This page is devoted to the doctoral course
Basic Principles of Dynamical Systems
that I will teach in Toulouse in 2012-2013. I’ll try to write lecture notes for everylecture, and then compile them into a small book.
The idea of this course is to give a survey of the most basic principles of dynamical systems, which can be understood by non-specialists. The subject of dynamical systems is very vast, because everything which can move is a dynamical system, that is to say that everything is a dynamical system if we want to view it so. Dynamical systems is not simple a mathematical subject, but rather a point of view.
In this course, we want to look at dynamical systems from many different points of view, and try to see what are the most important questions to ask about dynamical systems, what are the mathematical tools which can be used or which will be needed to model and study dynamical systems coming from the real world, and also what are the possible applications of the ideas of dynamical systems to “pure” mathematical subjects, e.g. algebraic geometry, etc. I will try my best to explain the most important principles of dynamical systems in the most intuitive way possible, with many concrete examples., and allusion to applications in many different fields, from geometry, physics, chemistry, biology to economics, politics, psychology, etc.
Officially, the course will last only 20 hours, say 2 hours a week during 10 week. But I think that 20 hours is not enough even to cover the most basic principles. So I will probabaly lecture more than 20 hours, as long as there are still people who want to listen. Each lecture will be devoted to one principle of dynamical systems, together with its implications, and relations with the other principles. I will avoid as much as possible complicated mathematical formulas in the lectures (but will nevertheless give references, write details with some rigorous proofs in the appendices to my lecture notes). Instead, I will try to give many visual illustrations.
What are the most fundamental principles of dynamical systems?
This is an open-ended question, up for debate. There are many principles, and it is not easy (or possible) to decide which of them is more important. Here I will try to write down a list of what I consider as some of the most important principles (accroding to my own tastes). This list itself is “dynamic”, i.e. it can change with the time:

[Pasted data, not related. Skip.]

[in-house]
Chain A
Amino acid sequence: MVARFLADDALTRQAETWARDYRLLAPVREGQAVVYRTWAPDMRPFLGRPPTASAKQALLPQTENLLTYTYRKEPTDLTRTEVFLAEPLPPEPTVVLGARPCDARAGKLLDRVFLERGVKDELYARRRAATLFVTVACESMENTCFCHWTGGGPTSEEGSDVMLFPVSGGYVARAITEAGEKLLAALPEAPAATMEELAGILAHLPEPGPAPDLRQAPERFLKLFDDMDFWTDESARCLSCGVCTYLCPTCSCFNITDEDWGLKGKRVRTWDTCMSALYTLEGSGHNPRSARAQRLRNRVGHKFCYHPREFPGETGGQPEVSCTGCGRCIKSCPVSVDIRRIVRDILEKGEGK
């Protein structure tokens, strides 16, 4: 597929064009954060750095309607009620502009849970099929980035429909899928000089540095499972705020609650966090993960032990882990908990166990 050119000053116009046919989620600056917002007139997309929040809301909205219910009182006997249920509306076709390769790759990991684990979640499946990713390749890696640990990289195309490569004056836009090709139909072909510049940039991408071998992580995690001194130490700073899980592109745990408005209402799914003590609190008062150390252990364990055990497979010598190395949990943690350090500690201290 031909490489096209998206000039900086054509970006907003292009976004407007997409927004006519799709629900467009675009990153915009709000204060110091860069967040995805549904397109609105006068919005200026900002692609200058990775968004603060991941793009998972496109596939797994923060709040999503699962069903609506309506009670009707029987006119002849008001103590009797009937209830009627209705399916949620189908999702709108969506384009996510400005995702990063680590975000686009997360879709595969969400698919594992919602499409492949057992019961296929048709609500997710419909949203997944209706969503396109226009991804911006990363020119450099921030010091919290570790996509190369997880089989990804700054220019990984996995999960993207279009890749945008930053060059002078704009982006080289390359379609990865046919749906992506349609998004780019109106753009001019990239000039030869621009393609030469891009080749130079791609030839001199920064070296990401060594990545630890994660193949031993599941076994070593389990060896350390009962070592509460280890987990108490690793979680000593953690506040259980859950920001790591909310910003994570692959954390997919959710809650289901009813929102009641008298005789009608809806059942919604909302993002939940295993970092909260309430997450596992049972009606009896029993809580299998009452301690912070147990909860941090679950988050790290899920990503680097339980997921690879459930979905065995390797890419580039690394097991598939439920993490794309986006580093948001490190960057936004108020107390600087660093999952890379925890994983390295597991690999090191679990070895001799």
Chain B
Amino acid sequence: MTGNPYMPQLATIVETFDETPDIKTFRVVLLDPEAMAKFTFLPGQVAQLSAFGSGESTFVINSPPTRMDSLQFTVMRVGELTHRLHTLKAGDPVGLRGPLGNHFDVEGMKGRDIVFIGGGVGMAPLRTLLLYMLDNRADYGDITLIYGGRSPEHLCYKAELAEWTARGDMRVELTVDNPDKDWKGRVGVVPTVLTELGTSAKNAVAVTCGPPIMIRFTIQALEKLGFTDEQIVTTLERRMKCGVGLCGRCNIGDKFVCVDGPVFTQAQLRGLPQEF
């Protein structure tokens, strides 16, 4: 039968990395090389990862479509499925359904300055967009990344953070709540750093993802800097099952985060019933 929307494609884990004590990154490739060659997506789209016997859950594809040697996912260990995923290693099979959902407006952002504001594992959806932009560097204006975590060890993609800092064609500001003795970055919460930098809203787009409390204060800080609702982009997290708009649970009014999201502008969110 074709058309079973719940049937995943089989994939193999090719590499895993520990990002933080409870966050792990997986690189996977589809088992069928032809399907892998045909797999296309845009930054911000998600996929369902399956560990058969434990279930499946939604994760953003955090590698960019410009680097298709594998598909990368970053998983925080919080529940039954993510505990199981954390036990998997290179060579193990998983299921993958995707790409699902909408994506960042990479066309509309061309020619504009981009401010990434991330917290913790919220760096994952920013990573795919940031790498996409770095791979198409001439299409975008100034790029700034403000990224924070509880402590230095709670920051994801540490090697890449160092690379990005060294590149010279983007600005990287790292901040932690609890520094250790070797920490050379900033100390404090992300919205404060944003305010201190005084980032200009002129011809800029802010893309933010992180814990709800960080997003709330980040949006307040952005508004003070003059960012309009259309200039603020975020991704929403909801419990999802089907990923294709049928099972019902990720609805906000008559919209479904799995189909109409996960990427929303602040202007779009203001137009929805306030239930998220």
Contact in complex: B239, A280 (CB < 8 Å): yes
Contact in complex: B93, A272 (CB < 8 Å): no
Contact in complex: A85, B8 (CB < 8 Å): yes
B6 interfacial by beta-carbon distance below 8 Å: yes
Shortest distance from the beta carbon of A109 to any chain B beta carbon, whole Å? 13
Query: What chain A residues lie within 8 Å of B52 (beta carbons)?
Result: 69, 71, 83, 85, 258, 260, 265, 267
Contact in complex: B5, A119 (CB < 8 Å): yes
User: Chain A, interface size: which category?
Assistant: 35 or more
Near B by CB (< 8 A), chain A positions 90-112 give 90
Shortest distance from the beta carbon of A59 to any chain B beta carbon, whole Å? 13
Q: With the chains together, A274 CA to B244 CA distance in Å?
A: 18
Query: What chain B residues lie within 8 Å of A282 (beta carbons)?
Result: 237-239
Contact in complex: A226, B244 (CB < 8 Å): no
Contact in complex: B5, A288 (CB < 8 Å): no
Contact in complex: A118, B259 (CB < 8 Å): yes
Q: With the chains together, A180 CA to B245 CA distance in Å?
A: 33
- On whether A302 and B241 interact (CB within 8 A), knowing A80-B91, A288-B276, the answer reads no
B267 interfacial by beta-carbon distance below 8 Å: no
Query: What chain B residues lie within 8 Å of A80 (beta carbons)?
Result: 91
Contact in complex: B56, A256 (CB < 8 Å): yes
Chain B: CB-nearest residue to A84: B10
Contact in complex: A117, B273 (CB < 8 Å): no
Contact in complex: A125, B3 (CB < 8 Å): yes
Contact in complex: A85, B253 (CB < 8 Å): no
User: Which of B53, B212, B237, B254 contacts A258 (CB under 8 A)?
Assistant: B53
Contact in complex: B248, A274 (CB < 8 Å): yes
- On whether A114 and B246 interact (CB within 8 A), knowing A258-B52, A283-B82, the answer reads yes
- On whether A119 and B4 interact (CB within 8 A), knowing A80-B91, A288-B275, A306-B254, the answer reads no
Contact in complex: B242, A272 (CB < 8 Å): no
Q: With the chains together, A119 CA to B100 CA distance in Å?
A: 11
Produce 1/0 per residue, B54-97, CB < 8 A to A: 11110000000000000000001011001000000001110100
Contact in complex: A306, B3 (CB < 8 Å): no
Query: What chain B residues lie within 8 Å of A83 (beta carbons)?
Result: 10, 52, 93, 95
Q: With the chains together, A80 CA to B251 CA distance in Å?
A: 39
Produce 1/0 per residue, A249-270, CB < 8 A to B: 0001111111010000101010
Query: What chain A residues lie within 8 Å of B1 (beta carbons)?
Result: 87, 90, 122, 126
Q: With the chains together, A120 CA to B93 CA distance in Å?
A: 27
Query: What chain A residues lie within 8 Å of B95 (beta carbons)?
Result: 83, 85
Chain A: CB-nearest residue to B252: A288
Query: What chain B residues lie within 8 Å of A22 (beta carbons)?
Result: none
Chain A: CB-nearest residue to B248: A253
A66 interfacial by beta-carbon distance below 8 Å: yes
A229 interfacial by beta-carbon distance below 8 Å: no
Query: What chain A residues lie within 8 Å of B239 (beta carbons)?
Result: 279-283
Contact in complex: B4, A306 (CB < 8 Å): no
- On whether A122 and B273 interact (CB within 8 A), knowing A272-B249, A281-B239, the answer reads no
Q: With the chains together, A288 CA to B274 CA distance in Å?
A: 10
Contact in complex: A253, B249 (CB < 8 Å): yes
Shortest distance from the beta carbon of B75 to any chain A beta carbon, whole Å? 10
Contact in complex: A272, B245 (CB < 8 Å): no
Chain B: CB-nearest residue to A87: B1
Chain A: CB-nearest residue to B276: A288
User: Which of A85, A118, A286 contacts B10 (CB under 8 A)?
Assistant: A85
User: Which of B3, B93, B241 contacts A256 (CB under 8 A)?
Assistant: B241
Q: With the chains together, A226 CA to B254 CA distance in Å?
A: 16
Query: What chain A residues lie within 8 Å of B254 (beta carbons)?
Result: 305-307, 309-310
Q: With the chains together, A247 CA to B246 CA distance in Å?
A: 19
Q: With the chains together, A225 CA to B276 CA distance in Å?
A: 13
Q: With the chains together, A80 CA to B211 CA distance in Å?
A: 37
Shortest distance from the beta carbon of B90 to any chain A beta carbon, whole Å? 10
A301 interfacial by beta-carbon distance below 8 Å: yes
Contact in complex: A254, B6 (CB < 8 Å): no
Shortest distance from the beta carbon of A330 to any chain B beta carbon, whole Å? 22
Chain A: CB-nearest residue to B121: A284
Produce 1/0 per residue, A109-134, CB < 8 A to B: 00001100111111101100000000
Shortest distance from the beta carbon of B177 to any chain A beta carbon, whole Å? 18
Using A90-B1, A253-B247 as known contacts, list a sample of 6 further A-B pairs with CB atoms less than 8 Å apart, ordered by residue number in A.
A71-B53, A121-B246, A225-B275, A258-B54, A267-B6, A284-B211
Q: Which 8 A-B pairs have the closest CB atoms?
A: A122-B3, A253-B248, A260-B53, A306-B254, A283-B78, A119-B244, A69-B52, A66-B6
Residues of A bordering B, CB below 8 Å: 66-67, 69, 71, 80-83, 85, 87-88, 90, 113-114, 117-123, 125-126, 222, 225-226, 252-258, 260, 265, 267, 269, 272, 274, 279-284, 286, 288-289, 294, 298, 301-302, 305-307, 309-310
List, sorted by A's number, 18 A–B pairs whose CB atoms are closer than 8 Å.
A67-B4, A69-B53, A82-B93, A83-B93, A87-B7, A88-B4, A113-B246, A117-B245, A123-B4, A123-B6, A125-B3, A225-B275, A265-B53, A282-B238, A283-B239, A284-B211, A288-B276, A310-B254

Variational principle (Everyone is trying to minimize something)
Modeling (using variational principles to get dynamical equations from observations):
probllems&phenomena -> Observations -> Equations -> Solutions&properties -> Interpretations -> back to problems&phenomena
Least action, path of least resistance
Lagrangian and Hamiltonian formalizm
Constraints: holonomic and non-holonomic
Determinism (God doesn’t play dices)
Existence and uniqueness of solutions.
Methods from functional analysis for proving existence and uniqueness.
The notion of weak solutions, viscosity solutions.
The phenomenon of “something coming out from nothing” in the non-unique case.
Predictability and forcasting.
Does free will exist ?!
Cauchy, Kovalevskii, Leray, …
Conservation laws (Money moves from one pocket to another)
conservation of energy and momentum
invariant tensors (volume form, symplectic structure, etc.)
Lie, Noether, Poincaré, Marsden-Weinstein, …
Equilibrium (Russian mountains)
static and dynamical equilibrium
Nash equilibrium, equilibrium states in thermodynamics/statistical mechanics
general equilibria in economics
Stability of equilibrium
Quasi-Periodicity (The Sun rises every day)
intrinsic torus action
exponential time stability
Birfurcation (To B or not to B)
way to chaos
Torus actions in renormalization
Poincaré Dulac Birkhoff Bogoliubov …
Path integrals ?
Deterministic, stochastic perturbations
phase space decomposition: Conley etc
dynamical systems from point of view of information theory
second law of thermodynamics
topological vs measure-theoretic entropy
Bernoulli shift, Sinai-Ornstein theorem
Self-organization (Order out of chaos)
dissipative systems, Ramsey, starting anew
Different ways to view stochastic systems
Modeling of financial markets
Quantization (The world is non-commutative)
Quantum counterparts of classical phenomena
Duality in decompositions
evolutionary systems / dynamical systems
… (to be added)
(to be added)
* Marsden and Ratiu: Introduction to mechanics and symmetry.
* Katok and Hasselblatt, Introduction to the modern theory of dynamical systems
* Roussarie ?
* Sternberg ?
Varioational principles in dynamics
* Kuperschmidt ?
Systems as fields (hydrodynamics etc)
* Kozlov, Dynamical systems X: Genral theory of vortices
Complex (million-component) systems:
* Gros, Complex and adaptive dynamical systems: a primer arxiv:0807/4838
* Willems, Paradigms and puzzles in the theory of dynamical systems, IEEE Transactions on automatic control, Vol 36 (1991), No 3. (Electronics and automatic control)
* Gelder & Port, It’s about time: an overwiew of dynamical approach to cognition